St John: I remember you came up for a corner once and I'm ready to make my run, getting away from their defender marking me. I thought: 'This is mine'. I'm just jumping and you landed on top of me with the guy that's marking you, and the two of you clattered. I said: 'Give us a shout when you're coming up'.

Yeats: We did most of the talking on the Friday or Thursday. He was fantastic really. On the Saturday he was relaxed; I don't know about half-time, if you were getting beat he was a different story. But we weren't getting beat at half-time most of the time.

St John: The Saturday was in the dressing room, relaxed, happy, jokes, laughs. People think he would be going 'Come on, come on' - nothing like that at all. With five minutes to go before we go out, anybody would be in visiting because he would let people come in and have a little visit. Bob's little mate, the little jockey Frankie Durr, would come in and be talking racing. We would all do that until about five minutes to go - he would clear the dressing room and go 'Right boys, remember this'; a few pointers and go out and enjoy it. That's what he always said: 'Enjoy the game'. I think he was well ahead of the other managers in football with his thinking. His training, yes - he was ahead of everybody there because we were the fittest team in the league from what we did. Tactics-wise, once we had gone into Europe and he could see we were playing against different systems, we became the first team to play a flat back four. He brought Tommy Smith in and put him beside you, two centre-backs and two full-backs pushing up and Tommy Lawrence coming out to the edge of the box. Our fans at the time were going 'What are you doing?' Smithy had the No.10 on his shirt and they were shouting 'Smithy, get up the park' because the No.10 was always up alongside the centre-forward. He should have been up alongside me and Roger, but Smithy was there with you. It took the fans a wee while to understand what was happening.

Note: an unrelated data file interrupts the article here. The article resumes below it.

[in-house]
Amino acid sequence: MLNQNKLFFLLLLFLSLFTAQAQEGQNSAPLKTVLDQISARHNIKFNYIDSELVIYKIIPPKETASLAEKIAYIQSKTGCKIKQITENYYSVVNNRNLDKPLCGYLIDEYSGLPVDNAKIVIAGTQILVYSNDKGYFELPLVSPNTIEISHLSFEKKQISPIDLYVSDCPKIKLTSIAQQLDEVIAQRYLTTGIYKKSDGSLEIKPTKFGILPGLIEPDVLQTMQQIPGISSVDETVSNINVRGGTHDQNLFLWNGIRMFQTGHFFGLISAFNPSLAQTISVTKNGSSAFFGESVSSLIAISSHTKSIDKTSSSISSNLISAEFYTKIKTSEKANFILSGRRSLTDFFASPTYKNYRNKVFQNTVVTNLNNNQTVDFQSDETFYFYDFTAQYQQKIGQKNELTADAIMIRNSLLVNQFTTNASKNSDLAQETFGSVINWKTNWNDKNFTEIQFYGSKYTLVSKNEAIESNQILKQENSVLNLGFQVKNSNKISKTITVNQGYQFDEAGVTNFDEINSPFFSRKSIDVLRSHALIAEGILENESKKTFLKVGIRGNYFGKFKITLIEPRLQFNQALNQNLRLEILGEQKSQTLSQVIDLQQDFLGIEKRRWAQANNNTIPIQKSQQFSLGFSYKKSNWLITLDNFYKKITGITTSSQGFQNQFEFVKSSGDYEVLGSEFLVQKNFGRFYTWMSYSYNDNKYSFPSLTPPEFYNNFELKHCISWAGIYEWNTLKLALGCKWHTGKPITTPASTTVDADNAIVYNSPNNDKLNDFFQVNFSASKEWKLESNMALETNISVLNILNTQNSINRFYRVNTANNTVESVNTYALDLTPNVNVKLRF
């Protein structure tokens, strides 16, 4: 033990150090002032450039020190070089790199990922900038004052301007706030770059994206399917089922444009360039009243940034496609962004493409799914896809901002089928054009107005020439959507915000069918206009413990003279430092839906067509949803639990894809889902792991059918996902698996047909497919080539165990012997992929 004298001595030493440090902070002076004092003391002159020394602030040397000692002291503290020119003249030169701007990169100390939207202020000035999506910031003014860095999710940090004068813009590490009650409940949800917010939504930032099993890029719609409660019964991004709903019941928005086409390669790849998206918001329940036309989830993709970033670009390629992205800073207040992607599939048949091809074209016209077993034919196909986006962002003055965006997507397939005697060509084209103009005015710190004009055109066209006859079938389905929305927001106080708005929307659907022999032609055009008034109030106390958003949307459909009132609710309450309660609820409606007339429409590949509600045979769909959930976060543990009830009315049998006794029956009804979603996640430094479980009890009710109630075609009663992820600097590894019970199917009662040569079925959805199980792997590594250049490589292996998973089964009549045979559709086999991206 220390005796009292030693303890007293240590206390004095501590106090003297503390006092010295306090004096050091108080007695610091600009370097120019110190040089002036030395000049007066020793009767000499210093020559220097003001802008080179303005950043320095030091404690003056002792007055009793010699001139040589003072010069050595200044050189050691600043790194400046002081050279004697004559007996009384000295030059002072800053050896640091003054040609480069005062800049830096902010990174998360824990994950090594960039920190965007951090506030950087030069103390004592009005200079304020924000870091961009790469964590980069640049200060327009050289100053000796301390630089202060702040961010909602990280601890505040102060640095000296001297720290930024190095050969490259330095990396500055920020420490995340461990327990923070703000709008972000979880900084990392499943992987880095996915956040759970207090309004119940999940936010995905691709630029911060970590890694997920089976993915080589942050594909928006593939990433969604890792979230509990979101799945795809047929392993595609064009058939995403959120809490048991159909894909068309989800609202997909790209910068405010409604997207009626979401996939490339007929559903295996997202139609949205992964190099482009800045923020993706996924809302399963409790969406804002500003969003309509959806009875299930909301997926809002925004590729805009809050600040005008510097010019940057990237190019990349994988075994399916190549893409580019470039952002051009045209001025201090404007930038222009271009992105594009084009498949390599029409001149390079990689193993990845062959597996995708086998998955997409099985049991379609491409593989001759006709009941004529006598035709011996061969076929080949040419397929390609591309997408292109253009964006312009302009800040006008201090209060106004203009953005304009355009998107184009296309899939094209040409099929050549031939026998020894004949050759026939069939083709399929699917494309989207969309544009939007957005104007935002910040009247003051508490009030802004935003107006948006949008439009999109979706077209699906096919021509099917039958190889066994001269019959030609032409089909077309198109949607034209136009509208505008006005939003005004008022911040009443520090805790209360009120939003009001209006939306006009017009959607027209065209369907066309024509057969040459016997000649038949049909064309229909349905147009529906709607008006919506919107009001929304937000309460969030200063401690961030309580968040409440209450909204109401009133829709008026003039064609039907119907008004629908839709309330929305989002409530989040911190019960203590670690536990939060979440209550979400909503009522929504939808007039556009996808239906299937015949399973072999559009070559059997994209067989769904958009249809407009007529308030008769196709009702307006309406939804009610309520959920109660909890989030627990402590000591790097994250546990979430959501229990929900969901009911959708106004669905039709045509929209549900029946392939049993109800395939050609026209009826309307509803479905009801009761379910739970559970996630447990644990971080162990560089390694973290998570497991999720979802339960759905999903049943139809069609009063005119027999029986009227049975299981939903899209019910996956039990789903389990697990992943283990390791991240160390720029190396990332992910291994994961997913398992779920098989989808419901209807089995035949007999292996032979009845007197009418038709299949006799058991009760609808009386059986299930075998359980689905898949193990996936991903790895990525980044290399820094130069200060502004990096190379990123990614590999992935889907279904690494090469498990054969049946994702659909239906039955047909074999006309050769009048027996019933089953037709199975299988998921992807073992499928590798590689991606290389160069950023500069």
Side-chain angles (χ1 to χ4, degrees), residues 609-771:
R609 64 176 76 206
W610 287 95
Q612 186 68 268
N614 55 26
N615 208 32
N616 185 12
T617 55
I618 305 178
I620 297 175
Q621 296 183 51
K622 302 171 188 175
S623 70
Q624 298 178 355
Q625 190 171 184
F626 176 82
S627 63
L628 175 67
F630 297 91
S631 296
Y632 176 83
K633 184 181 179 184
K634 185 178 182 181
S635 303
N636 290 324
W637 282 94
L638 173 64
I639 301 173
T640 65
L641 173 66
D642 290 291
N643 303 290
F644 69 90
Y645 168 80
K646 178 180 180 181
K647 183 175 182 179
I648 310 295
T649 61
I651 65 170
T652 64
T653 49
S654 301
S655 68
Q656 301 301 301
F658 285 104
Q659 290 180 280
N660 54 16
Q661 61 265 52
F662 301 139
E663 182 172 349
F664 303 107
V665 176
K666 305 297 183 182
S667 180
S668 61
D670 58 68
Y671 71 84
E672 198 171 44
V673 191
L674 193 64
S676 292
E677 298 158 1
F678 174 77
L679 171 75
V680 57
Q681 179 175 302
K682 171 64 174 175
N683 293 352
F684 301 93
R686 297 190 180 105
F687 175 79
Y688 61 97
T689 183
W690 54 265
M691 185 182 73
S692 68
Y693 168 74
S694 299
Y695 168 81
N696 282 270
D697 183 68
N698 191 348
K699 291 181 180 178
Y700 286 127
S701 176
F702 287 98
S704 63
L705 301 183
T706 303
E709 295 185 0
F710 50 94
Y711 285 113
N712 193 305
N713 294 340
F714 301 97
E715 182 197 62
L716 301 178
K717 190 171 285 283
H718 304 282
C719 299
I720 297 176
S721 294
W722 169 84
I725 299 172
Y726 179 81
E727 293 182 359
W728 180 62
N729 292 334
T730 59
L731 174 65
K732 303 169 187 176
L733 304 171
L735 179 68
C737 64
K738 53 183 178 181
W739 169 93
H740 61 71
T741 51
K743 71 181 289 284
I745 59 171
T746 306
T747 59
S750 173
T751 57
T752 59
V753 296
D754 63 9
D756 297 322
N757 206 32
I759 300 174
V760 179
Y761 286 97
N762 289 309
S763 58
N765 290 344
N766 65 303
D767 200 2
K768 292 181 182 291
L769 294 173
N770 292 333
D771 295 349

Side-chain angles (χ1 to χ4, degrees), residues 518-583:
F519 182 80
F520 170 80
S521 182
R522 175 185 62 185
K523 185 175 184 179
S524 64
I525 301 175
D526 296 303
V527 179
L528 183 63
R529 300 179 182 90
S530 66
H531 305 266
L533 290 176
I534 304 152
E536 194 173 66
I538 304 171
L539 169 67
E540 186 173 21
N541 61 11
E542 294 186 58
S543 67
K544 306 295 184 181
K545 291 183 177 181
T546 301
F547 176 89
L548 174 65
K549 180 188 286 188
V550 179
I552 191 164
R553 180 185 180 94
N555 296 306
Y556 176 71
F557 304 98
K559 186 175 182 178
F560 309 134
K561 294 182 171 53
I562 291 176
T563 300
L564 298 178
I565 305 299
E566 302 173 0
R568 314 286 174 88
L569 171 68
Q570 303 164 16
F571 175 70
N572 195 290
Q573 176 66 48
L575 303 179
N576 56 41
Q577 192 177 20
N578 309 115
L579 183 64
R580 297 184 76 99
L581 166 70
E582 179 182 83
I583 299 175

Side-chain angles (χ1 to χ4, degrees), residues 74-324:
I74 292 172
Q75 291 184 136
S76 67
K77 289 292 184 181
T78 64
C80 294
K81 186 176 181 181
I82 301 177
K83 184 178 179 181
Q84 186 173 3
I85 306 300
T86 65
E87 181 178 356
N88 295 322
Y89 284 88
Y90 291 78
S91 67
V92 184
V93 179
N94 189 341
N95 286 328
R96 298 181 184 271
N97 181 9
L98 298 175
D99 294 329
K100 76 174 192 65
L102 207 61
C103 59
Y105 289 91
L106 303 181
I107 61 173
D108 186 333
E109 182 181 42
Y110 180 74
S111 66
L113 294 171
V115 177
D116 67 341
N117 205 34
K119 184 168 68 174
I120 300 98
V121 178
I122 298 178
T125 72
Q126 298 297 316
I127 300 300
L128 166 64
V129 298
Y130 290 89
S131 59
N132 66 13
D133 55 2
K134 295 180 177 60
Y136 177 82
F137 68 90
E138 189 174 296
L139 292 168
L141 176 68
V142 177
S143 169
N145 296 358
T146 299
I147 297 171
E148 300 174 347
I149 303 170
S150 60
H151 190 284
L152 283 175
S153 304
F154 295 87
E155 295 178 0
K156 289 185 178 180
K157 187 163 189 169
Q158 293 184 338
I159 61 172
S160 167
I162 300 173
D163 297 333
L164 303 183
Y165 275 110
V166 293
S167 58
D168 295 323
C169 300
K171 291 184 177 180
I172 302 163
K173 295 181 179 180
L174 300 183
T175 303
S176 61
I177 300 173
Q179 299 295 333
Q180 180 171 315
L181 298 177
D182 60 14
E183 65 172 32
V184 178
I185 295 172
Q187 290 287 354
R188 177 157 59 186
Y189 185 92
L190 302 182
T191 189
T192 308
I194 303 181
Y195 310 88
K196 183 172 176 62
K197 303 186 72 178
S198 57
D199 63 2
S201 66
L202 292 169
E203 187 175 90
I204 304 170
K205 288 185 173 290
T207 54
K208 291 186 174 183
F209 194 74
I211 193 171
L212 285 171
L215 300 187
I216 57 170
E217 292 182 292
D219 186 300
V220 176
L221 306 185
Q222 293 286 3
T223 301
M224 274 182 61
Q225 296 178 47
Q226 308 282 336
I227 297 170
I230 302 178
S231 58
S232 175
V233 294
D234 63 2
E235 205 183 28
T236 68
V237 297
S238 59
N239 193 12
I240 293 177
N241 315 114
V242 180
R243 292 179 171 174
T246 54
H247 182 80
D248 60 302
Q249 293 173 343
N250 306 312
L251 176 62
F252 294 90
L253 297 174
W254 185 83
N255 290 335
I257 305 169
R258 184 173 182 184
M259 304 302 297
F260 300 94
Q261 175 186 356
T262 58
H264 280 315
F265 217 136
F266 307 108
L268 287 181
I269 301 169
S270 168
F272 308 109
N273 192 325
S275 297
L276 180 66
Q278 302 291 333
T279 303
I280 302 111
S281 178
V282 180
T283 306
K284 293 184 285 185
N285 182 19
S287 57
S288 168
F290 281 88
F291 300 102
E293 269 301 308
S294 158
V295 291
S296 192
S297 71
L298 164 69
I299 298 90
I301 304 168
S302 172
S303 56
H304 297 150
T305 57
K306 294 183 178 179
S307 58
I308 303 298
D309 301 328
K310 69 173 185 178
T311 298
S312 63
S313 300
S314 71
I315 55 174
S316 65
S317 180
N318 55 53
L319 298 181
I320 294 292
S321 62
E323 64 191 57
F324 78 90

On his revolution of Anfield and Melwood...

St John: When you think back on the facilities at the time, Melwood was just an old cricket pavilion. Shanks had said when he had gone and looked at it that it all had to be changed. The pitches weren't as great as they should have been so he must have got extra ground staff, because gradually the pitches were magnificent. The old cricket pavilion eventually got pulled down and rebuilt - new dressing rooms and bathrooms and everything. Down the stairs in the cricket pavilion, they used to have this one big bath - you could have a swim in it and there was no hot water. It was horrible. But over the years it got better; as we advanced as a team, all the facilities got better. When you see Anfield now, you say it is terrific - all these little areas they have got, restaurant areas, bars. There was nothing like that. I always remember him saying that while he was developing the team, he was also developing the stadium. As we were getting better, started winning championships, they started knocking the place around.

Yeats: It was fantastic later on in our careers. We were still playing and all these facilities were here. It was very good.

St John: Do you remember the Anfield Road end, when they reconstructed that? For a season it got flattened and then rebuilt. It was still standing, of course, no seating. We had gone onto a system through the '60s of a crowd bonus. We were getting a crowd bonus, which was great for us because the basic wage was about £40 a week. We got a crowd bonus of £1 a thousand over 28,000. So if there were 30,000 in the ground, we got £2. But we were filling the ground with 45,000. It was a good system, wasn't it?